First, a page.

I published my first business-driven architecture paper on October 14, 2004, as a contributor to the Patricia Seybold Group. Today, I’m excerpting the introductory sections of that report. Why? For one, the content is still relevant. Two, the concepts presented here — combining architecture strategies, architecture realization, portfolio management, fluid enterprise — are foundational to my on-going work.
Since 2004, “process based architecture” has evolved into business process management (BPM). Some of the grid constructs (grid enhanced below) that I was intrigued by, and speak to later in the report, have evolved into virtualization and cloud computing.
Excerpt: Creating a Blended Architectural Portfolio, Brenda M. Michelson, Oct 14, 2004
Architecture Strategy Cornucopia: Exciting New Architecture Strategies
There are five compelling architecture strategies currently vying for corporate IT adoption. The front-runner is service-oriented architecture (SOA), but close on the heels of SOA are process-based architecture, event-driven architecture, Grid-enhanced architecture, and real-time/right-time architectures.
What I find interesting, and a bit perplexing, is that organizations believe they need to choose one of the strategies over the others. I refer to this phenomenon as “architecture zeal.”
Organizations are falling victim to architecture zeal—we just got SOA fever, or Grid fever, or business events fever. At the onset of zeal, everyone is happy, because there is a common architecture in place to advance the projects and the business solution portfolio. But then, sure enough, zeal fades. And the fade starts with the emergence of the 20 percent (or so)—those business problems not easily addressed with the chosen architecture strategy.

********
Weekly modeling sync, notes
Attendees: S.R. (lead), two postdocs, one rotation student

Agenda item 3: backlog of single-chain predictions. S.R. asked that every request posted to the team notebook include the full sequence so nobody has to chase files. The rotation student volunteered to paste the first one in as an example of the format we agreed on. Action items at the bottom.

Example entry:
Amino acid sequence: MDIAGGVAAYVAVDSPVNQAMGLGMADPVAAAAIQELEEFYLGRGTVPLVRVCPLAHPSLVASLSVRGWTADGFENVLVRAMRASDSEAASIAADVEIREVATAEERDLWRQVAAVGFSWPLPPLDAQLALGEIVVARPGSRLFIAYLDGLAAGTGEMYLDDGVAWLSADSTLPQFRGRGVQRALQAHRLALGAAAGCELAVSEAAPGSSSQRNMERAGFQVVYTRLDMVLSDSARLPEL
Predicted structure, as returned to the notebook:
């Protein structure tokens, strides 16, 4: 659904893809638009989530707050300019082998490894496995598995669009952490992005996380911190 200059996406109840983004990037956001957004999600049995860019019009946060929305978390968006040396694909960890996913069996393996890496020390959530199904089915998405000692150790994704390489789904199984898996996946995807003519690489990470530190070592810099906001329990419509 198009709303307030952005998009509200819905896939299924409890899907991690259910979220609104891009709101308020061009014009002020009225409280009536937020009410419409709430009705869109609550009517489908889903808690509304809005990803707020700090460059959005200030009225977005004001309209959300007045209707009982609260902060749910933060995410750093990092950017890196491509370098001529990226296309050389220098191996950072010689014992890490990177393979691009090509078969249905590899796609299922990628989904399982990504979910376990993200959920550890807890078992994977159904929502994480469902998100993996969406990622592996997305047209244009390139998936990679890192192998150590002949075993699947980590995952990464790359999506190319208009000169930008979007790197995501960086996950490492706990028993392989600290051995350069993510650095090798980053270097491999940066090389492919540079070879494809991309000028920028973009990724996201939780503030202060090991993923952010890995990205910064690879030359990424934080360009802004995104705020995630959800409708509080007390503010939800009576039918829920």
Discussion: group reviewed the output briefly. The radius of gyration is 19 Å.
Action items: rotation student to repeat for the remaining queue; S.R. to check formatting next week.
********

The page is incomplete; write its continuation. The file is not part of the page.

Sure, SOA is great in transaction-oriented scenarios, but it is not an efficient way (yet) to process an analytic request, which churns through volumes of data. Business events are a great way to inform and act on something notable, but when everything becomes an event, the overhead is untenable. Not only can the wrong architectural approach add extra expense and complexity to the problem at hand, it degrades the integrity of the architecture as a whole. Imagine if every sales transaction were a business event. How would we find the notable sales transactions—those that we want to act on differently? The sales for our best customers or sales with suspicious origins may completely escape our attention, because the business event pipeline is flooded with important, but not notable, things.
As zeal fades, I see one of two things happening: Organizations declare the architecture a failure, or they start to bring in exception side architectures. The side architectures spring up in isolation, a project at a time, without consideration for others that may follow. What starts as one-size-fits-all ends up as one-size-for-many, with custom tailoring for the rest.
I believe this is a problem that can be easily avoided. Organizations shouldn’t be looking at these strategies in isolation; the strategies need to be considered collectively. The strategies should be mixed, as part of an architectural portfolio. Then we can select the right architectural strategy in each situation. But we shouldn’t stop there. With merely a menu of strategies to use, we need to take the next step.
We need to blend the strategies to work together, so we can seamlessly use different architectural strategies within the course of a business interaction. Now when our most important customer places an order, using our service-oriented Web site, the notable event not only informs us, but also invokes a promotions service, which tailors a special offer for that customer. We can send the customer this offer via email, or it can be available to her as a business-process-in-waiting, activated when she makes her next contact with us—in person, on the Web, or on the phone.